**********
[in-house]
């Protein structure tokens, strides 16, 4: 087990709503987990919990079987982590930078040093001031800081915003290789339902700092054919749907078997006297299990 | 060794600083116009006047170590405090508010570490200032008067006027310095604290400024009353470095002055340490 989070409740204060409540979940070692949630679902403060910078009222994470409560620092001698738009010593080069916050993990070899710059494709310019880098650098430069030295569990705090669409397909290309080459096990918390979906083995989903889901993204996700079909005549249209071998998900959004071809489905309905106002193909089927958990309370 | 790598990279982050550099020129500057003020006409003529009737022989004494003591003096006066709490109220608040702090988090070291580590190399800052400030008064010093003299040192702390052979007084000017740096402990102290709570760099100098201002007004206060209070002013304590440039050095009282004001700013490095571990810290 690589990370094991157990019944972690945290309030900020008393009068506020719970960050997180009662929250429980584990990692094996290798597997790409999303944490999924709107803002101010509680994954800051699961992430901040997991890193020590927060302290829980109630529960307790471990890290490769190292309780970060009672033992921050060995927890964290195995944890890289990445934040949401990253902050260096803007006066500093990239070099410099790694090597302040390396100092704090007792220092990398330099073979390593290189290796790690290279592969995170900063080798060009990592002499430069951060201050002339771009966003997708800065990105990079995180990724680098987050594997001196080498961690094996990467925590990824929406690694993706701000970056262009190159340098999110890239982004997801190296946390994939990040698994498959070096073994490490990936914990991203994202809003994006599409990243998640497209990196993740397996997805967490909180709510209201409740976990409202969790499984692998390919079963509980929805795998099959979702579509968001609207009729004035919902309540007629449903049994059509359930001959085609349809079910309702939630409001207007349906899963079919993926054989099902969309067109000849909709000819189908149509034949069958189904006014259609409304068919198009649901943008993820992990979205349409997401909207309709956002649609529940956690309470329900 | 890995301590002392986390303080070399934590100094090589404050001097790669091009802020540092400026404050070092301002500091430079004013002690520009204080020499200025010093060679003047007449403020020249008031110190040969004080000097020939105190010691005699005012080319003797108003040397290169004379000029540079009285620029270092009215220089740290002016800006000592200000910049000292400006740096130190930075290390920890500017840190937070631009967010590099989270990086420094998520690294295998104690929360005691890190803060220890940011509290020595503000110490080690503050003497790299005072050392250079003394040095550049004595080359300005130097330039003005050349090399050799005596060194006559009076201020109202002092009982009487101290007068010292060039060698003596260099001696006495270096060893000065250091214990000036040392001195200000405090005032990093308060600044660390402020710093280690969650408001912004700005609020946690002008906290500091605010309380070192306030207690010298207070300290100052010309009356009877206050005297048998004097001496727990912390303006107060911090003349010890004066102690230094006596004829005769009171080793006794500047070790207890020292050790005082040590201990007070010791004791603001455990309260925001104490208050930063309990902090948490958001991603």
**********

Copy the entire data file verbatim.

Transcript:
[in-house]
């Protein structure tokens, strides 16, 4: 087990709503987990919990079987982590930078040093001031800081915003290789339902700092054919749907078997006297299990 | 060794600083116009006047170590405090508010570490200032008067006027310095604290400024009353470095002055340490 989070409740204060409540979940070692949630679902403060910078009222994470409560620092001698738009010593080069916050993990070899710059494709310019880098650098430069030295569990705090669409397909290309080459096990918390979906083995989903889901993204996700079909005549249209071998998900959004071809489905309905106002193909089927958990309370 | 790598990279982050550099020129500057003020006409003529009737022989004494003591003096006066709490109220608040702090988090070291580590190399800052400030008064010093003299040192702390052979007084000017740096402990102290709570760099100098201002007004206060209070002013304590440039050095009282004001700013490095571990810290 690589990370094991157990019944972690945290309030900020008393009068506020719970960050997180009662929250429980584990990692094996290798597997790409999303944490999924709107803002101010509680994954800051699961992430901040997991890193020590927060302290829980109630529960307790471990890290490769190292309780970060009672033992921050060995927890964290195995944890890289990445934040949401990253902050260096803007006066500093990239070099410099790694090597302040390396100092704090007792220092990398330099073979390593290189290796790690290279592969995170900063080798060009990592002499430069951060201050002339771009966003997708800065990105990079995180990724680098987050594997001196080498961690094996990467925590990824929406690694993706701000970056262009190159340098999110890239982004997801190296946390994939990040698994498959070096073994490490990936914990991203994202809003994006599409990243998640497209990196993740397996997805967490909180709510209201409740976990409202969790499984692998390919079963509980929805795998099959979702579509968001609207009729004035919902309540007629449903049994059509359930001959085609349809079910309702939630409001207007349906899963079919993926054989099902969309067109000849909709000819189908149509034949069958189904006014259609409304068919198009649901943008993820992990979205349409997401909207309709956002649609529940956690309470329900 | 890995301590002392986390303080070399934590100094090589404050001097790669091009802020540092400026404050070092301002500091430079004013002690520009204080020499200025010093060679003047007449403020020249008031110190040969004080000097020939105190010691005699005012080319003797108003040397290169004379000029540079009285620029270092009215220089740290002016800006000592200000910049000292400006740096130190930075290390920890500017840190937070631009967010590099989270990086420094998520690294295998104690929360005691890190803060220890940011509290020595503000110490080690503050003497790299005072050392250079003394040095550049004595080359300005130097330039003005050349090399050799005596060194006559009076201020109202002092009982009487101290007068010292060039060698003596260099001696006495270096060893000065250091214990000036040392001195200000405090005032990093308060600044660390402020710093280690969650408001912004700005609020946690002008906290500091605010309380070192306030207690010298207070300290100052010309009356009877206050005297048998004097001496727990912390303006107060911090003349010890004066102690230094006596004829005769009171080793006794500047070790207890020292050790005082040590201990007070010791004791603001455990309260925001104490208050930063309990902090948490958001991603």